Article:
One Myth at a Time
Pet Product News’ 2017-2018 Best In-Store Experience Retailer of the Year winner uses education and hands-on learning experiences to dispel customer misconceptions about reptiles.
“Jungle” Bob Smith is a man of passion. A reptile enthusiast since childhood, Smith’s long-time fervor for these creatures is infused with a zeal for sharing his fascination for the “unloved, unusual and unknown.” In this way, the owner of Jungle Bob’s Reptile World is eager to quell the creepy fallacies of crawly critters, one customer—child, parent or senior citizen—at a time.
“I started my educational journey when my sons, Dylan and Tyler, were youngsters, participating in show-and-tell classroom presentations,” Smith says. “Parents brought dogs, guinea pigs or hamsters to share, and I’d show up with an alligator.”
Even in those days, Smith yearned to dispel the misconceptions of reptiles as slimy, poisonous or aggressive brutes. Show-and-tell visits set this aspiration in motion.
At the time, Smith’s career in computers, overseeing the setup and servicing of systems in New York’s financial markets and beyond, was prospering. But reptiles remained a first love.
“I was in corporate business, but I had snakes all over my office, including a 13-foot Burmese that would wreak havoc on visitors,” he says. “They couldn’t believe a snake was cruising my office.”
As word of Smith’s reptile acumen and larger-than-life personality spread, so did requests for educational presentations. Soon, dressed in his signature hat and vest, Smith and his favorite animals were visiting schools, libraries, senior homes and children’s birthday parties.
“When I started doing these presentations, I had an animated way of introducing the reptiles,” he says. “I still do this; I want people to feel them and touch them.”
At the time, Smith also published Fauna Magazine, and traveled the world conducting tours in a quest to share the natural habitats of reptiles, amphibians and invertebrates with others.
When a local reptile store in Centereach, N.Y., became available in 2009, Smith bid adieu to the business and publishing realms, instead embracing life as an independent retailer. The location had been a reptile business for some years and had changed hands multiple times.
Under Smith’s guidance, the venture quickly found its feet and flourished.
“It wasn’t rocket science—we put product in,” Smith says.
In 2017, the endeavor relocated to what is considered the flagship store—a spacious, 3,200-square-foot space in Selden, N.Y.
“As far as I know, it’s the largest reptile store in the Northeast,” Smith says.
A simultaneous opening of a 2,400-square-foot site in Oakdale, N.Y., provides 1,200 square feet of retail shopping, with the remaining area serving as offices and warehouse storage for online inventory and Jungle Bob brand products.
Dispelling the Myths
At Jungle Bob’s, the crusade to promote the friendly side of the reptile world begins with a welcoming environment. Good housekeeping is the first step in fostering this quality.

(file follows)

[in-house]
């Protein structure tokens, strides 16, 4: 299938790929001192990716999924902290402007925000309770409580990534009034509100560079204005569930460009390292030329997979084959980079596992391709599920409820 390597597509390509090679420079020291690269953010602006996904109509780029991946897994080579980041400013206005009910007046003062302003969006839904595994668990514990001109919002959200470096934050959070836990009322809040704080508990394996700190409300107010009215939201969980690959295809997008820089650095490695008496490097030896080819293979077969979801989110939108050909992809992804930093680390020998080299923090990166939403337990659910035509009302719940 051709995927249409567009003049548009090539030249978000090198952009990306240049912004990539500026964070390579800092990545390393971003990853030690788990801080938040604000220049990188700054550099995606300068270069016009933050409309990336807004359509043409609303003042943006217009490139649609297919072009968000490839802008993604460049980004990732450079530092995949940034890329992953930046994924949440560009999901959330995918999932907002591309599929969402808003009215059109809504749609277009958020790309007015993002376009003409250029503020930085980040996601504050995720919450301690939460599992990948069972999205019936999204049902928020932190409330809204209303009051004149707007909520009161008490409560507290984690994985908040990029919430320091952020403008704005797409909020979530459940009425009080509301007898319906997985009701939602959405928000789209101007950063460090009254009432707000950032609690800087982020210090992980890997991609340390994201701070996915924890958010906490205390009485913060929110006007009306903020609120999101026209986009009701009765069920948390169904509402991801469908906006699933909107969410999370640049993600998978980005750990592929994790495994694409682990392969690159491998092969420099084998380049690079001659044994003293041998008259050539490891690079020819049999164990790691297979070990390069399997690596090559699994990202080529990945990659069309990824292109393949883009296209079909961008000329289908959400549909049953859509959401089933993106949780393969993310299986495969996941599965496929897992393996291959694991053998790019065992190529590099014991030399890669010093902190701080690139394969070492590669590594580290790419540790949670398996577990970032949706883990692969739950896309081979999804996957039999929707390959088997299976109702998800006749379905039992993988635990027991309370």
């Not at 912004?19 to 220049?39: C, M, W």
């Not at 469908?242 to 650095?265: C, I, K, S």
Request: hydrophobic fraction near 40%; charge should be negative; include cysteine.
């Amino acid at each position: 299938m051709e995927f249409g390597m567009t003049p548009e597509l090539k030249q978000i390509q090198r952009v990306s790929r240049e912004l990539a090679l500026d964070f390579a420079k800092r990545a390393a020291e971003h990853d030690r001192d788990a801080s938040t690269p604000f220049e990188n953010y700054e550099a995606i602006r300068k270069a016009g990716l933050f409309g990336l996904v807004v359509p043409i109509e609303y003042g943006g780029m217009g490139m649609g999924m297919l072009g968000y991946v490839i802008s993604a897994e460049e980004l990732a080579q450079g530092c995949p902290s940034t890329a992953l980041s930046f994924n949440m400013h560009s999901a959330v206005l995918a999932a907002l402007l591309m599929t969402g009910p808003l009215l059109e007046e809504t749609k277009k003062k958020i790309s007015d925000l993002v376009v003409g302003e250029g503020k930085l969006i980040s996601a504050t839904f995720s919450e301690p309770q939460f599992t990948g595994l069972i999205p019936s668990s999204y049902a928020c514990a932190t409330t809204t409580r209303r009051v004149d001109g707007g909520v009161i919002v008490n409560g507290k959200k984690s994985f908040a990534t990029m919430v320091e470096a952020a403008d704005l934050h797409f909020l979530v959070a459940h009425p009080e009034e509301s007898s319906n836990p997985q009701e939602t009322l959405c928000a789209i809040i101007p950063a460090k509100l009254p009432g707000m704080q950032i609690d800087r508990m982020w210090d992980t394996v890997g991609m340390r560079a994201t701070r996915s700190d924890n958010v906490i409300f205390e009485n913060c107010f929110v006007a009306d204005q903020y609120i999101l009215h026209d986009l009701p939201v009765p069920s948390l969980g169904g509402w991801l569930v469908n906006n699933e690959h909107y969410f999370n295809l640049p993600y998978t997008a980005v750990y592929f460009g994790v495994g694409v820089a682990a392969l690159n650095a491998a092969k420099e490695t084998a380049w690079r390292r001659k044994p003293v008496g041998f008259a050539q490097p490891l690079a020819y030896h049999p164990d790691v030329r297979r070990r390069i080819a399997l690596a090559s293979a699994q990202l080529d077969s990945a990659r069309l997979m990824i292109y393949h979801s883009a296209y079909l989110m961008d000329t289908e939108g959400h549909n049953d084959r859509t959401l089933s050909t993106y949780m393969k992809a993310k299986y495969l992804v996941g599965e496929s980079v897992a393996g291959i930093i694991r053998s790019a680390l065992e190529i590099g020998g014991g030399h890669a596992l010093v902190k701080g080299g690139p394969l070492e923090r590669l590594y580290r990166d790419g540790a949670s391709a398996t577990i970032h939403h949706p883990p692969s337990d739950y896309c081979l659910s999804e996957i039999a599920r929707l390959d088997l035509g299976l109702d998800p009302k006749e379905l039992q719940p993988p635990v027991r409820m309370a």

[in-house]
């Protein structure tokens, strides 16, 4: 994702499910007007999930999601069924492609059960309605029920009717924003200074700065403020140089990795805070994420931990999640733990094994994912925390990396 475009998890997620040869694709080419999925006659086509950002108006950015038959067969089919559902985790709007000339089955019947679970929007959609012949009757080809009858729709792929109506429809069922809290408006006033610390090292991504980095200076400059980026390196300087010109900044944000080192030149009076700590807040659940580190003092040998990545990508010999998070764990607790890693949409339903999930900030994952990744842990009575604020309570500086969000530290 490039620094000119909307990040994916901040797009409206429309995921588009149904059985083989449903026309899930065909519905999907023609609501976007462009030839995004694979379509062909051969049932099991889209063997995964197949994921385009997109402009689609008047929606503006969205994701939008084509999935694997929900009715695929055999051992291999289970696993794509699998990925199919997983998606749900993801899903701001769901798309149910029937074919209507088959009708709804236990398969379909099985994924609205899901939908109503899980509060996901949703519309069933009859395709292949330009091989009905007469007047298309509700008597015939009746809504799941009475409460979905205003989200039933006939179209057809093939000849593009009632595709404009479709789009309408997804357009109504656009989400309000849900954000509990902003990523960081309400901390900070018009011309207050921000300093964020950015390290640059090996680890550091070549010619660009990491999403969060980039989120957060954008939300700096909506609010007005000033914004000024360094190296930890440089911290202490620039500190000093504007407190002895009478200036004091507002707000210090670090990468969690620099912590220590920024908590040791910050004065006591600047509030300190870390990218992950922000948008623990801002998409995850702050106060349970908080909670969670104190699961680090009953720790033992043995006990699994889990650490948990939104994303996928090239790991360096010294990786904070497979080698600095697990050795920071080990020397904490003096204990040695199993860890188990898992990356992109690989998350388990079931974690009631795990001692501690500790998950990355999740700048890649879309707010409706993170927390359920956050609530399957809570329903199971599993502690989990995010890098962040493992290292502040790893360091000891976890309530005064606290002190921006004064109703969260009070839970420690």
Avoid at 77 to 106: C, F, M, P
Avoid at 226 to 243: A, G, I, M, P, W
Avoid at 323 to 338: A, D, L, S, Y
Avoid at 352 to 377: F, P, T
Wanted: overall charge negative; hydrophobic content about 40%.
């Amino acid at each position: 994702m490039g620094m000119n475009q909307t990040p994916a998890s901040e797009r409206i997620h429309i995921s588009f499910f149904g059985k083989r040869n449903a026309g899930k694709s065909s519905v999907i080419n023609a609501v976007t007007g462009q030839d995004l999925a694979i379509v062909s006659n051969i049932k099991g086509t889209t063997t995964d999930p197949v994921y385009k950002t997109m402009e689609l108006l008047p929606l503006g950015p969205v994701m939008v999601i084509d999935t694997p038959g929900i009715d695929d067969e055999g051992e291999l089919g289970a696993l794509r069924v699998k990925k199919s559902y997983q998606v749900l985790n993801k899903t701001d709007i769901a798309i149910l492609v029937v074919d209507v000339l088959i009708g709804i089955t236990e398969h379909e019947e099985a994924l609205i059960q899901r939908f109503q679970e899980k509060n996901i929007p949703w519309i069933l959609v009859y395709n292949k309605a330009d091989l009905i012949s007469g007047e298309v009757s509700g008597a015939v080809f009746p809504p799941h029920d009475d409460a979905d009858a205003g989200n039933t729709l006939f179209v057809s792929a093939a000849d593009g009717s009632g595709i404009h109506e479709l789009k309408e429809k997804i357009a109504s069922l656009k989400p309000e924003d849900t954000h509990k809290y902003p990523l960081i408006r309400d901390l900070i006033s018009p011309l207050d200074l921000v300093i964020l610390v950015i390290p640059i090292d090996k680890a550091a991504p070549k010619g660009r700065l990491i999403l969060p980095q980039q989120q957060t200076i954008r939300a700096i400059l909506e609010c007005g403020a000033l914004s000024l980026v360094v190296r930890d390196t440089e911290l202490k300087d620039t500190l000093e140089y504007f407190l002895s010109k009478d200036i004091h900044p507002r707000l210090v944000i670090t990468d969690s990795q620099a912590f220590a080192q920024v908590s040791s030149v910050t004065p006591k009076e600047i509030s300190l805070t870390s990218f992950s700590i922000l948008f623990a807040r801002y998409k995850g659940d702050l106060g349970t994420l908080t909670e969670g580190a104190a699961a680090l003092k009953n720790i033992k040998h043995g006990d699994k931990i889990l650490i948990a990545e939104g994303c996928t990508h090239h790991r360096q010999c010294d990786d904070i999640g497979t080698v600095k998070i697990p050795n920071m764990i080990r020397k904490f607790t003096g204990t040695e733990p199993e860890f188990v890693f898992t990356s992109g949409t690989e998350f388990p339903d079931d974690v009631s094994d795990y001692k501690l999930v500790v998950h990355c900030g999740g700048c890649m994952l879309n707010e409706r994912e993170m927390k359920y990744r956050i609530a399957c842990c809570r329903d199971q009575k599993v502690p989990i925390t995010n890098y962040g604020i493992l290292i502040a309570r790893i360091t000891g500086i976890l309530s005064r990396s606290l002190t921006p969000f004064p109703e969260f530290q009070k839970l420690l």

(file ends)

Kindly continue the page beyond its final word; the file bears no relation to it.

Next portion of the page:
“Our stores are well lit and clean,” Smith says. “We are hounds about that. Even with 150 animals, people comment on the lack of smell.”
Animals are presented in zoolike, natural habitats, which might feature sand, rock or a lush-looking tropical cage.
“Gone are the days of newspaper in a fish tank,” he says. “We do vivariums, and when you come to our store, you will see species from every corner of the globe.”
To further inspire passion and promote understanding and education, visiting children and parents alike are encouraged to touch and hold animals. “Animal encounters” foster this awareness. For this experience, children select an animal to handle and study, while a Jungle Bob’s “reptile guru” answers questions and supervises the session. Weekends and holidays are busy times for this activity.
“It’s like a lesson, and during holidays we have someone on staff just for the encounters,” Smith says.
For families not quite ready to undertake live animal ownership, the Jungle Bob Natural History Gift Shop features everything from dinosaur teeth to invertebrate fossils. Children can browse a selection of quality, hand-painted, realistic miniature replicas of their favorite reptiles, sea creatures, dinosaurs and other critters.
“The kids may not walk out of the store with a live animal, but they can leave with a true-to-life plastic bearded dragon,” Smith says. “It’s like a wink to the parents, a ‘Hey, when you’re ready for a live animal, you know where to come.’”
Smith notes that parental support has changed over the years, and he now sees equal interest from both mothers and fathers.
“Once mom or dad are interested, we’re off to the races,” Smith says.
Curiosity is often sparked in young children attending a Jungle Bob Smith reptile presentation.
“Most of the kids that come to the store later are not the little precocious ones in the first row, but the child in the back who didn’t raise their hand,” Smith says. “I can see it in his or her eyes.”